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And FWIW, these are our Fathers too, you know.

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« Reply #8 on: March 20, 2012, 08:46:25 AM »

*subscribed* as i want to read along but i'll not comment as i only have two 'lips.
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orthonorm
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« Reply #9 on: March 20, 2012, 08:50:43 AM »

*subscribed* as i want to read along but i'll not comment as i only have two 'lips.

*RIMSHOT*

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Justin Kissel
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« Reply #10 on: March 20, 2012, 09:55:06 AM »

Ultimately, anything worth knowing cannot be proven.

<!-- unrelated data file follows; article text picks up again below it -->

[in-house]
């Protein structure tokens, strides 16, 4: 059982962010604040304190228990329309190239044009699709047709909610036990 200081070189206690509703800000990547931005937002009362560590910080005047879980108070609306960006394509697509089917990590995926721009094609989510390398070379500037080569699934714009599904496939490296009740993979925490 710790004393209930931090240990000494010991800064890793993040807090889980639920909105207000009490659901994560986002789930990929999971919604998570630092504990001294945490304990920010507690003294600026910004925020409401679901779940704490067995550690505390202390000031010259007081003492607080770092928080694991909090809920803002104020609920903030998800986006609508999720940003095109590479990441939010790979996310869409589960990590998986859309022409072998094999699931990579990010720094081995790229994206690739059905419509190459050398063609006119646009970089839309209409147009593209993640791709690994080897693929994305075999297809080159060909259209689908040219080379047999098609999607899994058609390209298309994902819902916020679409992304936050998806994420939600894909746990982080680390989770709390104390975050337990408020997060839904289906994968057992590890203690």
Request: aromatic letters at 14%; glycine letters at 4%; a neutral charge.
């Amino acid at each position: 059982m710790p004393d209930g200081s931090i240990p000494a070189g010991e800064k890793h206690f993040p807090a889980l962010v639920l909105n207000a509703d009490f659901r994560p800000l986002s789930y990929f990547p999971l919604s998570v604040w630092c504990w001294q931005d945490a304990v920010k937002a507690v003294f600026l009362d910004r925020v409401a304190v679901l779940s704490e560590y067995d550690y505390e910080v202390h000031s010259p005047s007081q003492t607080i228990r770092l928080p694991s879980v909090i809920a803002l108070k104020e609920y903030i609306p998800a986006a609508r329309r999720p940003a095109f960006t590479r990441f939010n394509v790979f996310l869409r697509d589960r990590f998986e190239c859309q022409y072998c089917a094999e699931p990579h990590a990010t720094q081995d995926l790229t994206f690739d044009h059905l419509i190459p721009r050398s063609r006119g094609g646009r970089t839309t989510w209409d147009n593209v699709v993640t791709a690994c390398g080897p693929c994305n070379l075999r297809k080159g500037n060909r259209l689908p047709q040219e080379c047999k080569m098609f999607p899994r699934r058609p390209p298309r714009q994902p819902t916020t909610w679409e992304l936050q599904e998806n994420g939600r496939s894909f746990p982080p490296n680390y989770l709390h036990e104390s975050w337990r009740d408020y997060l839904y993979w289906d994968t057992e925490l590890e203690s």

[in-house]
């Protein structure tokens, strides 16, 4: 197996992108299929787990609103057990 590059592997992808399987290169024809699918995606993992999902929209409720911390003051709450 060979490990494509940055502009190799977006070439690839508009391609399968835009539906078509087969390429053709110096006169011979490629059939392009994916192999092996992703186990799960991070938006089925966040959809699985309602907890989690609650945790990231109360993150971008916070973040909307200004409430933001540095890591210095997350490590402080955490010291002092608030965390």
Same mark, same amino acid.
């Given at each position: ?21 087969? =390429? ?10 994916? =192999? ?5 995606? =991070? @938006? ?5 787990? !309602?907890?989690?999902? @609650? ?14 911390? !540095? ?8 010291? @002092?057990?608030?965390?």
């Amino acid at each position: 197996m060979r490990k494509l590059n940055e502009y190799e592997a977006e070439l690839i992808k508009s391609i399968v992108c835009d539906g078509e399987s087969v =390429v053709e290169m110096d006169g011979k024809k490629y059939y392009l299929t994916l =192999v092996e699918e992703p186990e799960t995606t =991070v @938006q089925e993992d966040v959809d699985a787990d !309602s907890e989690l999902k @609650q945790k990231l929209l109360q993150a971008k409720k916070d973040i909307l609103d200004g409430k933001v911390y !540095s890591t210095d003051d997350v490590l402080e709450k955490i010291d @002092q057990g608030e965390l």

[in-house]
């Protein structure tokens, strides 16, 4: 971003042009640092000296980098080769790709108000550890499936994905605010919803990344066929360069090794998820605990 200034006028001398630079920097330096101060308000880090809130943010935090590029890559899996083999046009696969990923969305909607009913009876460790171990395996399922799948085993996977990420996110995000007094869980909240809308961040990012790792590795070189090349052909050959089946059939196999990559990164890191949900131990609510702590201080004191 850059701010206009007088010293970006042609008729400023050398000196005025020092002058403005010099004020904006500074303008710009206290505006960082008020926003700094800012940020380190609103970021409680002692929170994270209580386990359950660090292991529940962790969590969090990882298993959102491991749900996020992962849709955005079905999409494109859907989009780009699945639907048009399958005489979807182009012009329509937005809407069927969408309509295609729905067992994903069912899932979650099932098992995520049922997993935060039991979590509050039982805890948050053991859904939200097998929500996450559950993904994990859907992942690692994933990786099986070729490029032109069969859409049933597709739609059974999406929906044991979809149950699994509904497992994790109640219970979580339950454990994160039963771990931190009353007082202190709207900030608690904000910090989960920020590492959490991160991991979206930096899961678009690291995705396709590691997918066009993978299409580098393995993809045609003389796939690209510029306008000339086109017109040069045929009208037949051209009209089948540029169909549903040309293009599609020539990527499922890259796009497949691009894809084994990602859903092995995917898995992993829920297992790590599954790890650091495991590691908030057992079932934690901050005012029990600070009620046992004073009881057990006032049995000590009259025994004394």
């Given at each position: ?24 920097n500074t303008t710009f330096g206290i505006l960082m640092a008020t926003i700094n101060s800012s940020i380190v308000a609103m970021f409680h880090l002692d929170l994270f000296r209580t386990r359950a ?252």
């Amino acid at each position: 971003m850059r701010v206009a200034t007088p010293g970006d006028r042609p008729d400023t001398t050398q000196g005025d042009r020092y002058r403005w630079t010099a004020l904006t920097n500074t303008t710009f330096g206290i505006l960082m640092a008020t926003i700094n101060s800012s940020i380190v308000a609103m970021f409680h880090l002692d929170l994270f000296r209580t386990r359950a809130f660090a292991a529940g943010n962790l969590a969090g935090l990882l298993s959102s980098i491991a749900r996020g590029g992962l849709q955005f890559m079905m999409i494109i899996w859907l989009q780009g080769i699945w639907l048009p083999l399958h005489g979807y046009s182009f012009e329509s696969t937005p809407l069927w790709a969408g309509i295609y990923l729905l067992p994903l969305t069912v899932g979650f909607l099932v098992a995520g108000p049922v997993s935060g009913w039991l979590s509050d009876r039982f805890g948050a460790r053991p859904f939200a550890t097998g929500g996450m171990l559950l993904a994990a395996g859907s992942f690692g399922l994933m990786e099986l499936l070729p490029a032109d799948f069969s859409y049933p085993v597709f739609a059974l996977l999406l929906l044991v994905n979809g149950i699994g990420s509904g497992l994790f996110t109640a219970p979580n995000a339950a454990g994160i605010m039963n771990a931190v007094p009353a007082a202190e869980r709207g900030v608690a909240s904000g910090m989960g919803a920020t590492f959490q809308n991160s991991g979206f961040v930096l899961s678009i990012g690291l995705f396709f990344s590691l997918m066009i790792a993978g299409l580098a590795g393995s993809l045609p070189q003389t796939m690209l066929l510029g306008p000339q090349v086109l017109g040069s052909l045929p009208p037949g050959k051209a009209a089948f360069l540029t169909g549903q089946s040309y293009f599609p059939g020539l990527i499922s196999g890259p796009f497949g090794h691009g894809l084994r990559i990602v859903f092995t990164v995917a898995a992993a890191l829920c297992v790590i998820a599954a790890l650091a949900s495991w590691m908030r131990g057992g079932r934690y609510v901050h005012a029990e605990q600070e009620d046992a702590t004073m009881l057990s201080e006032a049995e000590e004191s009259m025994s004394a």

Exactly...
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« Reply #11 on: March 20, 2012, 10:37:26 PM »

*subscribed* as i want to read along but i'll not comment as i only have two 'lips.

I think this is a joke that only works in American English.
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« Reply #12 on: March 21, 2012, 11:02:13 PM »

*subscribed* as i want to read along but i'll not comment as i only have two 'lips.

I think this is a joke that only works in American English.

American English speaker here, but not understanding the joke...
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orthonorm
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« Reply #13 on: March 21, 2012, 11:33:22 PM »

*subscribed* as i want to read along but i'll not comment as i only have two 'lips.